Judge Puts New Overtime Rule on Hold
In a last-minute decision, a judge in Texas has put the nationwide overtime rule on hold just days before it was set to go into effect December 1, 2016.
U.S. District Judge Amos Mazzant, of Sherman, Texas, issued a preliminary injunction Tuesday agreeing with 21 states and a coalition of business groups including the U.S. Chamber of Commerce that the rule was unlawful.
The Labor Department issued a statement decrying the decision.
“We strongly disagree with the decision by the court, which has the effect of delaying a fair day’s pay for a long day’s work for millions of hardworking Americans,” the department said in the statement. “The department’s overtime rule is the result of a comprehensive, inclusive rule-making process, and we remain confident in the legality of all aspects of the rule.”
The International Franchise Association, on the other hand, has something to be thankful for going into this holiday weekend, as president and CEO Robert Cresanti said in a statement.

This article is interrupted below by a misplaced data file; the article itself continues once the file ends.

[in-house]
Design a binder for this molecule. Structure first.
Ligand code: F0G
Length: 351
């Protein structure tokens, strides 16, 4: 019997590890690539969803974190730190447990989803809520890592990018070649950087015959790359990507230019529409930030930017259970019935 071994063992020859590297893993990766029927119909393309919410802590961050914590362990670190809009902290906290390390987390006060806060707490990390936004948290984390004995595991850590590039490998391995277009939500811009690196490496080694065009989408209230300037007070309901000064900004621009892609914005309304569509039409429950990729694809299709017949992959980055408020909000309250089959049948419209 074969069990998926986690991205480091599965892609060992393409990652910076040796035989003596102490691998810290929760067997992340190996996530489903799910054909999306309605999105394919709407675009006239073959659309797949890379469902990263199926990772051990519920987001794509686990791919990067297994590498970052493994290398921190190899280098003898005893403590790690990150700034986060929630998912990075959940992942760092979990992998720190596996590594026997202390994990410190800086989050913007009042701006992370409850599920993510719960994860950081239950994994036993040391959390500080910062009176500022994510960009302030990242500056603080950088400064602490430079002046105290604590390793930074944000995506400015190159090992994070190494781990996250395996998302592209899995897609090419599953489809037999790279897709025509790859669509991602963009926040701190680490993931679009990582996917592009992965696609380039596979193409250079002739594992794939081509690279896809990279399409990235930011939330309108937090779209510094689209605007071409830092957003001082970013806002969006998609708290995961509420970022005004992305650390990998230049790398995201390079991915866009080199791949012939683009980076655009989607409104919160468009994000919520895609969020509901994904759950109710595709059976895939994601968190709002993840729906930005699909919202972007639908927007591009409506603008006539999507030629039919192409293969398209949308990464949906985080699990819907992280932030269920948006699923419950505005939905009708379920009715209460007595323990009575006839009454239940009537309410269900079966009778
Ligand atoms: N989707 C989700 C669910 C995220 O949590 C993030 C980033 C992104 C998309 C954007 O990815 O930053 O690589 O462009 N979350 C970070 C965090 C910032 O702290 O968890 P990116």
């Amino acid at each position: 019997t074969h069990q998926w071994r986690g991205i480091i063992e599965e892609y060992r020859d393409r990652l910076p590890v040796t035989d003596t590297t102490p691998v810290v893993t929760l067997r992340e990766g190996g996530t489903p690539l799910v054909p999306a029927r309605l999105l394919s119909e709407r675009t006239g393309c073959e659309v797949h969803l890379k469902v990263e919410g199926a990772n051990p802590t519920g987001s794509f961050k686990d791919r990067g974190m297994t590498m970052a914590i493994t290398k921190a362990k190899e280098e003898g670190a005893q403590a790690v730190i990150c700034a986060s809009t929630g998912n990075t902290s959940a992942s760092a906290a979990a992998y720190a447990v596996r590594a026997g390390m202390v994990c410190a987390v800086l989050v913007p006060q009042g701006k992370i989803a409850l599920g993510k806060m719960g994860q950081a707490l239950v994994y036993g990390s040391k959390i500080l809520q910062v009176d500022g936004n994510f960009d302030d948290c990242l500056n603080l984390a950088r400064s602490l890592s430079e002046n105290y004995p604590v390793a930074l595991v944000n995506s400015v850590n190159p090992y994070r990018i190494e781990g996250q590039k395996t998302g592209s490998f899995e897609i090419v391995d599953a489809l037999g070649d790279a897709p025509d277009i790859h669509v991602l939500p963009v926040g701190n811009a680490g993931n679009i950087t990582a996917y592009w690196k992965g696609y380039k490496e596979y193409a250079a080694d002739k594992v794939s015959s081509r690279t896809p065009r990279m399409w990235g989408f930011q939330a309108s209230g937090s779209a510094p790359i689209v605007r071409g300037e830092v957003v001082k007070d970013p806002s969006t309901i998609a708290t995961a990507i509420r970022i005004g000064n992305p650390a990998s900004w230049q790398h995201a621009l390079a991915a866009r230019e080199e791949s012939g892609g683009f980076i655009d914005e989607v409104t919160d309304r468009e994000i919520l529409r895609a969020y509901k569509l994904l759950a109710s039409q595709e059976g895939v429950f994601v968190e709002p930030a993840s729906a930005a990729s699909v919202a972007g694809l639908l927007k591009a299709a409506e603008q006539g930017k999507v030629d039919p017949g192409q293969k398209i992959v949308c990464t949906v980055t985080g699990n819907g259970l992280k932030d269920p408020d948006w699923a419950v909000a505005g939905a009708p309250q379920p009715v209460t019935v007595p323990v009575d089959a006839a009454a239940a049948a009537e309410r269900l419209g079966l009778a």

“Today’s ruling is a serious and significant victory for the rule of law. While a modest increase in the overtime threshold would have been appropriate, many franchises were faced with difficult and costly decisions about how to reclassify their greatest assets--their employees,” said Cresanti. “Now, franchises are breathing a collective sigh of relief. Franchise owners who had been facing significant costs and questions about the impact the overtime rule was creating for compliance with an unreasonable new threshold and automatic increases.”
The rule that doubled the salary threshold for overtime to $47,476 from $23,660 was certainly going to be under fire from the incoming administration of President-Elect Donald Trump, but the surprise ruling puts implementation in serious doubt.
There is the possibility of an appeal or other regulation, so the rules are still up in the air, but like the initial overtime rule update, it’s one part financial engineering and an equal employee relations quandary.
Businesses that have already announced salary increases, new hour limits or other changes to any of the 4.2 million employees the plan would have covered now have some big decisions to make. Do they roll everything back and say, “nevermind” or do they maintain the changes that eat into the bottom line?
In a time of major labor shortages, that’s an unenviable question to answer.
For a detailed look at the proposed rule and some legal insight, see our previous coverage on the topic.